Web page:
“How do you get a woman to stop having sex? Marry her,” jokes Dr. Sherman. Although marriage offers security, trust and a deep connection, the downside is it can make you lazy. Keith from Oklahoma City, OK, assumed sex would end because “I couldn’t imagine my parents or grandparents doing it,” he says. But he learned after a decade of marriage there’s no reason not to make love. “If you’re truly committed to making each other happy, sex is how you reward your spouse for putting in effort,” he says. But what if you’re exhausted? Dr. Sherman suggests getting your husband’s help with chores by asking him to pitch in when you need him and offering positive reinforcement (hugs, kisses and gratitude) when he helps. Or try being direct with him: “If you give me a hand, we’ll have more time for sex,” suggests Dr. Sherman.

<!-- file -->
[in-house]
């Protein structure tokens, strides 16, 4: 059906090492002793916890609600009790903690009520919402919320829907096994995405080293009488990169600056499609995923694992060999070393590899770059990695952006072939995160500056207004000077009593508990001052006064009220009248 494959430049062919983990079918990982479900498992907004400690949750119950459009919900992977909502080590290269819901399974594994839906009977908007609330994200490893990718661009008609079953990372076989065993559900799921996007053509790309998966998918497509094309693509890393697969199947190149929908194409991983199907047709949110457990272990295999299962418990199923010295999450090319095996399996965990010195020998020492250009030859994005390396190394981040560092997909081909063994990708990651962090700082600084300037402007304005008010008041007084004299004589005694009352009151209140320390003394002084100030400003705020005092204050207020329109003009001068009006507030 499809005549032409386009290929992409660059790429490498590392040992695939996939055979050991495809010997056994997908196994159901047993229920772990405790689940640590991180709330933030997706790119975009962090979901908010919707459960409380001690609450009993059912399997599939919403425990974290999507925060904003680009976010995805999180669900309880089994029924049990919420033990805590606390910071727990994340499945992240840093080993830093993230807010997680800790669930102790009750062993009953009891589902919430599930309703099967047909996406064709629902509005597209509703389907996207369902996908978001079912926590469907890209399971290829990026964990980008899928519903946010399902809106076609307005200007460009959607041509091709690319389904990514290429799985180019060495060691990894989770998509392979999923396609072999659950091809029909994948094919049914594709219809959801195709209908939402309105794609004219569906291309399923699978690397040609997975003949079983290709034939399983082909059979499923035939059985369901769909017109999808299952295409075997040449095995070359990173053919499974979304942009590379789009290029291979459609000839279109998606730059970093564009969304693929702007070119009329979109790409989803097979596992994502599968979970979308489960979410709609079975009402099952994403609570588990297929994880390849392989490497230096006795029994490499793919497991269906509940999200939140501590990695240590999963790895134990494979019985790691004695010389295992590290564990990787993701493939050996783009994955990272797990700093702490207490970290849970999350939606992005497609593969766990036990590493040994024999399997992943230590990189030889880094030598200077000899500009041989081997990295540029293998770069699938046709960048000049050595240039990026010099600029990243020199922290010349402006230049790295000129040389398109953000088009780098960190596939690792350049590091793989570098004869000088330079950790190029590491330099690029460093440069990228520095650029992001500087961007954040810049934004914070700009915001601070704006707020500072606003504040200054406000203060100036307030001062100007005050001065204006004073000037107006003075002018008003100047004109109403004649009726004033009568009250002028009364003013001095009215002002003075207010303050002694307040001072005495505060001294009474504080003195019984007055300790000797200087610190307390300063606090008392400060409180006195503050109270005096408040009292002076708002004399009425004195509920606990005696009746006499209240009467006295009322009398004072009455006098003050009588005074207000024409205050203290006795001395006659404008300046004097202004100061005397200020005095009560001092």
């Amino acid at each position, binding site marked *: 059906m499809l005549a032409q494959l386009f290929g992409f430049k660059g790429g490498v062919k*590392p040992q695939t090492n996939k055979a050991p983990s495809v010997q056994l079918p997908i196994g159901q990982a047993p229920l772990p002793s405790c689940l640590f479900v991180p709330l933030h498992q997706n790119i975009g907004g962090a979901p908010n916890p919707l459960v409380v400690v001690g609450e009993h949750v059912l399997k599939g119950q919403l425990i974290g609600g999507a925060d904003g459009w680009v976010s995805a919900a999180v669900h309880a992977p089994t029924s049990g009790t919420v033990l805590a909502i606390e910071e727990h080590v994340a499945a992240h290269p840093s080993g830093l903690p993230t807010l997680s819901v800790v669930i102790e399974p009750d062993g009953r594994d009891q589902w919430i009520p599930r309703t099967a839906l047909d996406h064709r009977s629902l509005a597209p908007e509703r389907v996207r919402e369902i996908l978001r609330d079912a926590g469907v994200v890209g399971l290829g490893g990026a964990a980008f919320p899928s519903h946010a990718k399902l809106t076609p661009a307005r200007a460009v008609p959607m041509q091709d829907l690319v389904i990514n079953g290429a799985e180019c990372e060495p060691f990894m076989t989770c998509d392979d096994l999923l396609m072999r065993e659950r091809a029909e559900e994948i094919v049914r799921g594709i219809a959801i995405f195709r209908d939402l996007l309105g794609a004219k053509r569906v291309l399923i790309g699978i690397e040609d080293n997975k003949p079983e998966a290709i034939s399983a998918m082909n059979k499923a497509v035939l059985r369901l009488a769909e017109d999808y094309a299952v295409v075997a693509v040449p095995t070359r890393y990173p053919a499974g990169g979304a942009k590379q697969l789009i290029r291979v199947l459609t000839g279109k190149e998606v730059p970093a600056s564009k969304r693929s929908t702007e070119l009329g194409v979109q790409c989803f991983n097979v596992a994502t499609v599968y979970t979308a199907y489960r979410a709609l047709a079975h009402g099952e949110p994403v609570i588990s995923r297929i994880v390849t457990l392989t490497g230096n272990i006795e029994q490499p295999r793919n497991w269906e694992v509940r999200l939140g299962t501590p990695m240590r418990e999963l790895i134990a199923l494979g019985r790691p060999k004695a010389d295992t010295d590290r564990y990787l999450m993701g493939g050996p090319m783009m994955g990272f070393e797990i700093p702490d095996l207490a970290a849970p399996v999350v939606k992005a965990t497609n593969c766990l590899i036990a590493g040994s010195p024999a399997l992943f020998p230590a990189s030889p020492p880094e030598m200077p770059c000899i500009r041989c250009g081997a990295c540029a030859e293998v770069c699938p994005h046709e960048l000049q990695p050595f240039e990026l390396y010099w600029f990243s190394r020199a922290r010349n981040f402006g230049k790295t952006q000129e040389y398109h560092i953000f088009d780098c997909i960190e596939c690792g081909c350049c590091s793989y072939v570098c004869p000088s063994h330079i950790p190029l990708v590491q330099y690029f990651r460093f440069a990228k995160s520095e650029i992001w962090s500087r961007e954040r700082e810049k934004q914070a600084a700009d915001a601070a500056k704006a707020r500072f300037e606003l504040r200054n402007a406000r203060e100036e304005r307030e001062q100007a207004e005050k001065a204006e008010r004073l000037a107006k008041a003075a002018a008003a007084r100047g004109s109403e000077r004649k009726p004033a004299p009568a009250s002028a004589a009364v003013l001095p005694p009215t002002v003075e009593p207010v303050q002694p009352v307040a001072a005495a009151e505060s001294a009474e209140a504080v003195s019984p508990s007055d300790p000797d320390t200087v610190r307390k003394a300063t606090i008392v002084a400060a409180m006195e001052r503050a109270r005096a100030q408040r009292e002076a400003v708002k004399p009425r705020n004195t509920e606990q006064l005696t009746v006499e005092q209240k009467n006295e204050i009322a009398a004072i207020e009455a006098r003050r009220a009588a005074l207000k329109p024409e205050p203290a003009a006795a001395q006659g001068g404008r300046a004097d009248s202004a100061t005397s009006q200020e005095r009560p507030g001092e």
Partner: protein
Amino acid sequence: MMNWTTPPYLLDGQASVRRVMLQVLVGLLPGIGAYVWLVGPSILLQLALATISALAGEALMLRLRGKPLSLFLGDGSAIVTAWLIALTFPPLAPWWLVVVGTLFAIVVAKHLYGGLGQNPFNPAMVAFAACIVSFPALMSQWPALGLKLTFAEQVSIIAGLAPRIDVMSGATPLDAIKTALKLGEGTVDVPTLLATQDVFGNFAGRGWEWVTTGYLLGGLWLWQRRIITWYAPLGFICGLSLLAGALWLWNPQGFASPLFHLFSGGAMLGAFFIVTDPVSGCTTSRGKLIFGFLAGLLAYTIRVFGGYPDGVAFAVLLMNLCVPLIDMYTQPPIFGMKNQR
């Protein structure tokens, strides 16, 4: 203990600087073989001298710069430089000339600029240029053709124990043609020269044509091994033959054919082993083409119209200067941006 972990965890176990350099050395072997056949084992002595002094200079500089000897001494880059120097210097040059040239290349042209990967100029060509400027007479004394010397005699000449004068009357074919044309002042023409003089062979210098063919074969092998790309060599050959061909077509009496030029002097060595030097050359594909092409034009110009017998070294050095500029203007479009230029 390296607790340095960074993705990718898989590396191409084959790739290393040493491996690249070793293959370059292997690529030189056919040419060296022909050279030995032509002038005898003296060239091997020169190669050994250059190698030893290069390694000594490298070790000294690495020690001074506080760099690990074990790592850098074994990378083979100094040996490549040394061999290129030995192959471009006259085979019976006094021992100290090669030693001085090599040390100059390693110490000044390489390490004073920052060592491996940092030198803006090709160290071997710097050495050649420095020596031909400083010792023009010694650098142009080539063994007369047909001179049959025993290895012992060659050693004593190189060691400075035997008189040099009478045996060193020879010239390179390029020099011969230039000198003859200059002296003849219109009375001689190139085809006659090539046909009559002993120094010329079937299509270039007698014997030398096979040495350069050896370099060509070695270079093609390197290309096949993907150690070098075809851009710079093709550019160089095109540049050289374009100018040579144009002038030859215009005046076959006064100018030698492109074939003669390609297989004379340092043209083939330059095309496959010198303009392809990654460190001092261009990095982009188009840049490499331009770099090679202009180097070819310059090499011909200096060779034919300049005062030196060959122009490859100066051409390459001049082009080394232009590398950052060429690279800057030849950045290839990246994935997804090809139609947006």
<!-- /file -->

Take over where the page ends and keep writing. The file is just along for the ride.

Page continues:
You won’t have things in common anymore.
Chances are, you shared an interest that brought you together, and he doesn’t want you to give up that part of yourself. Orlov references an old saying: “Women marry men in hopes they’ll change, while men marry women in hopes they won’t change.” Knowing this, ask yourself what may be different about yourself since you got married. If you once loved running, why don’t you do it anymore? Because other obligations in your life are keeping you from it? Because it’s hard to keep up with your partner? Then, remember how much you enjoy your shared interests and push past resistance to do it again every once in a while, advises Orlov. The benefit of reconnecting with your husband outweighs the time and effort it’ll take to make it happen.